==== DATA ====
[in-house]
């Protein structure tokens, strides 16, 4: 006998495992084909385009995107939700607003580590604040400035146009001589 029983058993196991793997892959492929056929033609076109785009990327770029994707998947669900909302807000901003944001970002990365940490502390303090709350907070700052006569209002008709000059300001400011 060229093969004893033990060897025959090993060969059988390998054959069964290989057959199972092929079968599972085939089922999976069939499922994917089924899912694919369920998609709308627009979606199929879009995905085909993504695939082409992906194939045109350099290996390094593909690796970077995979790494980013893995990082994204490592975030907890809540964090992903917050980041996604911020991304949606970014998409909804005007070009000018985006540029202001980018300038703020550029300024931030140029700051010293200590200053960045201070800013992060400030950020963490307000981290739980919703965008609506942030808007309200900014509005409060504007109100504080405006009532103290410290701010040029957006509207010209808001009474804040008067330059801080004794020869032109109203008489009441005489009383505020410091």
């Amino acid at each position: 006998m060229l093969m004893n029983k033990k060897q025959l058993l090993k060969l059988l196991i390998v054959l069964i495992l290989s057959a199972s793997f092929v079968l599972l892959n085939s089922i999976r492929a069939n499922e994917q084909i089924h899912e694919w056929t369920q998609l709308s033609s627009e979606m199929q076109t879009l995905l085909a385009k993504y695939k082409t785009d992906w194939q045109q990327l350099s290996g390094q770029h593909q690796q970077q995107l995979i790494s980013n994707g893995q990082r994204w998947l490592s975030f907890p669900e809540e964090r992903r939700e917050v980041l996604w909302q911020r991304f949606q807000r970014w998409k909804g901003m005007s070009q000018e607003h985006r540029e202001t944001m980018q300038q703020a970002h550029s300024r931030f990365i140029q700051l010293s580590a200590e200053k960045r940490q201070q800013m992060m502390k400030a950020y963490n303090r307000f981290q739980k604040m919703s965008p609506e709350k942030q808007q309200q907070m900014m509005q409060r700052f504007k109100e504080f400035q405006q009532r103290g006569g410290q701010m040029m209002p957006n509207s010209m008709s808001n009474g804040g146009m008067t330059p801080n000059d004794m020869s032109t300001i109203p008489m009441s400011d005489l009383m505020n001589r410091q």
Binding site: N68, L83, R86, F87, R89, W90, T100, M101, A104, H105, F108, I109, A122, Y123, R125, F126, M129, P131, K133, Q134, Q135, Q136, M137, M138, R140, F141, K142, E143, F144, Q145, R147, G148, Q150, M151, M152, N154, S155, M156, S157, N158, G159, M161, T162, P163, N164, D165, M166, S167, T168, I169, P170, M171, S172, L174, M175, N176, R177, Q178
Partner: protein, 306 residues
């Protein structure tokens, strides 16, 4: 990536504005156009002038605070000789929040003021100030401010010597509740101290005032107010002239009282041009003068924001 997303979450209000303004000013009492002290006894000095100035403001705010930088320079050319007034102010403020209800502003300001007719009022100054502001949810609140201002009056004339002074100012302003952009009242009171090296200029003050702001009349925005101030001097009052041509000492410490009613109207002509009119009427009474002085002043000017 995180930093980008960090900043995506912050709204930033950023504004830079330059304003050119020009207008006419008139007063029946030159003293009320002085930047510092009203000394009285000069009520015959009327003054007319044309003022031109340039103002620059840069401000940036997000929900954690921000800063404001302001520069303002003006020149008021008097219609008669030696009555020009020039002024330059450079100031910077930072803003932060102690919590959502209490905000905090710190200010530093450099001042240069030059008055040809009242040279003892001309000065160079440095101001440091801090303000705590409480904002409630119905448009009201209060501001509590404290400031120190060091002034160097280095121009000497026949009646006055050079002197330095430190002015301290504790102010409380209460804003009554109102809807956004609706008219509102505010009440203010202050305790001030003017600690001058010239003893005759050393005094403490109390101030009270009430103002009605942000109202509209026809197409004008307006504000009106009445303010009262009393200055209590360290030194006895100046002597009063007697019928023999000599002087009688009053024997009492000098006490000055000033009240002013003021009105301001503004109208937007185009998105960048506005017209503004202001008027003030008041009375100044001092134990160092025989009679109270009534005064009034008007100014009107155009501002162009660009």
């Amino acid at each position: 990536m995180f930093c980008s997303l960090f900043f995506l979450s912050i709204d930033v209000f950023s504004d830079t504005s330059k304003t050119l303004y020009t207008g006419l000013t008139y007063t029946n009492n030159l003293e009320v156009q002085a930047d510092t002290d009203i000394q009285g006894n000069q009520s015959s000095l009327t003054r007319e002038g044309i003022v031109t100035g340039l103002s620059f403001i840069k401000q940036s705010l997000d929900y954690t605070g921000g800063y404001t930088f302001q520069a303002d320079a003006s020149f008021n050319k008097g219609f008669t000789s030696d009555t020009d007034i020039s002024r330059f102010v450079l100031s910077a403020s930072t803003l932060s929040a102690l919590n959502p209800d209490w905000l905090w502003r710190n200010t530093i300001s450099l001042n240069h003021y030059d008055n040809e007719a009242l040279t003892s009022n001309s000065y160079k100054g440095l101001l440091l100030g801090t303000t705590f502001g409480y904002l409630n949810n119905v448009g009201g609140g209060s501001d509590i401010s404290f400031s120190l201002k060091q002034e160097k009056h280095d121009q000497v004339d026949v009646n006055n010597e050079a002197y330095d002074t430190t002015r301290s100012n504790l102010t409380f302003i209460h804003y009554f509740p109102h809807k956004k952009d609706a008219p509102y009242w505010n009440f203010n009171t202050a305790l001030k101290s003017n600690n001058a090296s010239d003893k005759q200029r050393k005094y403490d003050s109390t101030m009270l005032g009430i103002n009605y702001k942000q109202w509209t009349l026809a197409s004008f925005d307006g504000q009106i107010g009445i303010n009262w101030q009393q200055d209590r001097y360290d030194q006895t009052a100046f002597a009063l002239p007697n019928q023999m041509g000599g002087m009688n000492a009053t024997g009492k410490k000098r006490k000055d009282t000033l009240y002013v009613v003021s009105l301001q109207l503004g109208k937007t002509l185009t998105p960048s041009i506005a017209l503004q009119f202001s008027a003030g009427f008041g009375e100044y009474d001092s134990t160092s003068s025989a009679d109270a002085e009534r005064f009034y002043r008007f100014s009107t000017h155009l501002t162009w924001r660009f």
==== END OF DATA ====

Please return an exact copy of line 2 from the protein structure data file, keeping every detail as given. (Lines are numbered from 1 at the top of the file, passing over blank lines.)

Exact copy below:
């Protein structure tokens, strides 16, 4: 006998495992084909385009995107939700607003580590604040400035146009001589 029983058993196991793997892959492929056929033609076109785009990327770029994707998947669900909302807000901003944001970002990365940490502390303090709350907070700052006569209002008709000059300001400011 060229093969004893033990060897025959090993060969059988390998054959069964290989057959199972092929079968599972085939089922999976069939499922994917089924899912694919369920998609709308627009979606199929879009995905085909993504695939082409992906194939045109350099290996390094593909690796970077995979790494980013893995990082994204490592975030907890809540964090992903917050980041996604911020991304949606970014998409909804005007070009000018985006540029202001980018300038703020550029300024931030140029700051010293200590200053960045201070800013992060400030950020963490307000981290739980919703965008609506942030808007309200900014509005409060504007109100504080405006009532103290410290701010040029957006509207010209808001009474804040008067330059801080004794020869032109109203008489009441005489009383505020410091």